As June drew to a close in the Lower Coastal Bend, the farming community started its annual grain sorghum harvest season.
During the past few weeks, farmers have been servicing harvest equipment, applying harvest-aid treatments to accelerate maturity, lining up trucking, and praying for one good rain to help the cotton crop before sorghum harvest gets underway.
This year's Coastal Bend grain sorghum crop is a real "mixed-bag" with tremendous variability in production potential across the region. This part of Texas typically grows as much as 20 percent of the entire state's production of this important animal feed grain crop. In San Patricio, Jim Wells and Nueces counties, some grain harvest activity got underway in early maturing fields between June 16 and 20. Harvest is expected to be very active by June 25 and in full swing by the first of July.
Persistent dry conditions during the growing season have many growers amazed that some fields are yielding better than expected. But the farming community continues to be very concerned about potential for grain stalks falling to the ground as they ripen. This common complication of drought stress allows a disease condition known as "charcoal stalk rot" to affect plants across the field. It is typically a problem in areas of fields with lighter textured soils that are the first to deplete moisture from the root zone during a drought.
Besides the usual weather woes, this year farmers in South Texas are worried about harvest and hauling cost to local storage elevators and delivery cost to buyers at the Port of Corpus Christi. Harvesting and hauling is a very diesel dependant activity. And diesel prices are up sharply from a year ago.
Even though grain sorghum prices have tracked slightly behind the record high prices for corn on the futures markets, major grain buying firms have built in a wide basis discount in their bid price for port delivered grain sorghum during the South Texas harvest season, which also cuts into grower's margins. For most of the past 25 years, sorghum farmers have yearned for a return to grain prices above the $5 per hundred weight that were common during the early 1970s. (Of course that was with the assumption that production expenses would remain rather constant, which is never the case.)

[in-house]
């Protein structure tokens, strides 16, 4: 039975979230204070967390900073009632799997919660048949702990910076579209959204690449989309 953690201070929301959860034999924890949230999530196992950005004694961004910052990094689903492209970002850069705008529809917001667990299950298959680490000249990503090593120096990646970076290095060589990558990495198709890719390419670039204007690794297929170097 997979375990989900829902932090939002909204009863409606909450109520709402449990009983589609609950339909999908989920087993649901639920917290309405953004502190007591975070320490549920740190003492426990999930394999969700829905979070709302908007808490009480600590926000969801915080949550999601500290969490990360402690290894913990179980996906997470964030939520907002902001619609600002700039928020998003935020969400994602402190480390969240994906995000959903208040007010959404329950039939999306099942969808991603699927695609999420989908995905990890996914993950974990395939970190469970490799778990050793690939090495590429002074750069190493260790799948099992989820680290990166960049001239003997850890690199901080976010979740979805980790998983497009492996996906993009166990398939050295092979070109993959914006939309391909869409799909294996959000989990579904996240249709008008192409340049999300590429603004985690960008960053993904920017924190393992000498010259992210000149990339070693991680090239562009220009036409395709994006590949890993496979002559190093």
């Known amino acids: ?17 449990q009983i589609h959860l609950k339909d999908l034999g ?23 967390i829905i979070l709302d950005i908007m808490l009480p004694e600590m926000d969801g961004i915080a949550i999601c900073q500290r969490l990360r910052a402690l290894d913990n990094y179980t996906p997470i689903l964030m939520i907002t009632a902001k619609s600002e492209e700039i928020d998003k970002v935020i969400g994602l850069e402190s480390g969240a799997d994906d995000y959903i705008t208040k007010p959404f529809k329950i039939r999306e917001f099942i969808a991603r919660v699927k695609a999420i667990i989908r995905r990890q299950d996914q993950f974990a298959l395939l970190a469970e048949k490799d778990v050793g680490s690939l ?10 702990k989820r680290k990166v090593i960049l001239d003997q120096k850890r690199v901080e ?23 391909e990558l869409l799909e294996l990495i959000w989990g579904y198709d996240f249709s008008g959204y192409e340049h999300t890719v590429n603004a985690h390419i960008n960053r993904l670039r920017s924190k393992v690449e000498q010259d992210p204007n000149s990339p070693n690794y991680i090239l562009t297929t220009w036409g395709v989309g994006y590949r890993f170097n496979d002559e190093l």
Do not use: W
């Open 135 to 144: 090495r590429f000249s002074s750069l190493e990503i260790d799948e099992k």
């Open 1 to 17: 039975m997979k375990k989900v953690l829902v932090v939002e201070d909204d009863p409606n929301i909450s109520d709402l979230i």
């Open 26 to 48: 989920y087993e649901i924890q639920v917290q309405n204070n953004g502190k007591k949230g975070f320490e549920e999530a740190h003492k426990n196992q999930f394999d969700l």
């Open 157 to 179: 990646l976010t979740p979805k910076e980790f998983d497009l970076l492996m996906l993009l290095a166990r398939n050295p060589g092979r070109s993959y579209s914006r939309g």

In the past 16 months, that $5 barrier has been broken and the price has continued to climb throughout the winter and spring. With the recent flooding and planting delays in Iowa and other key corn producing states, corn prices took another sharp jump. Sorghum prices have continued to climb along with corn, since it is a direct substitute in most livestock feed rations.
Grain elevators in the Corpus Christi-area had prices of better than $10.50 per hundred weight posted for grain sorghum during the final week of June. This is an exceptional price for a crop that has been expensive to produce and which has had tremendous variability in harvested grain amounts produced from field to field.
Farmers can't help but be concerned about the financial health of their primary customers - the livestock and poultry feeders. They are likely to find it next to impossible to break even feeding animals for market with record high feed grain prices without upward adjustment in beef, pork and poultry prices.
It has become apparent that agriculture must soon reach an economic "equilibrium" that will allow all segments of the industry to make reasonable profits for their efforts and risk-taking without bankrupting inter-dependent segment of the industry.
Out-of-kilter commodity prices must be adjusted to cover production costs. If not, one segment will briefly prosper while the other falters.
This is not a recipe for a healthy, sustainable industry.
Harvey Buehring is the former Agricultural Extension Agent for Nueces County. Readers may contact him at (361) 767-5223.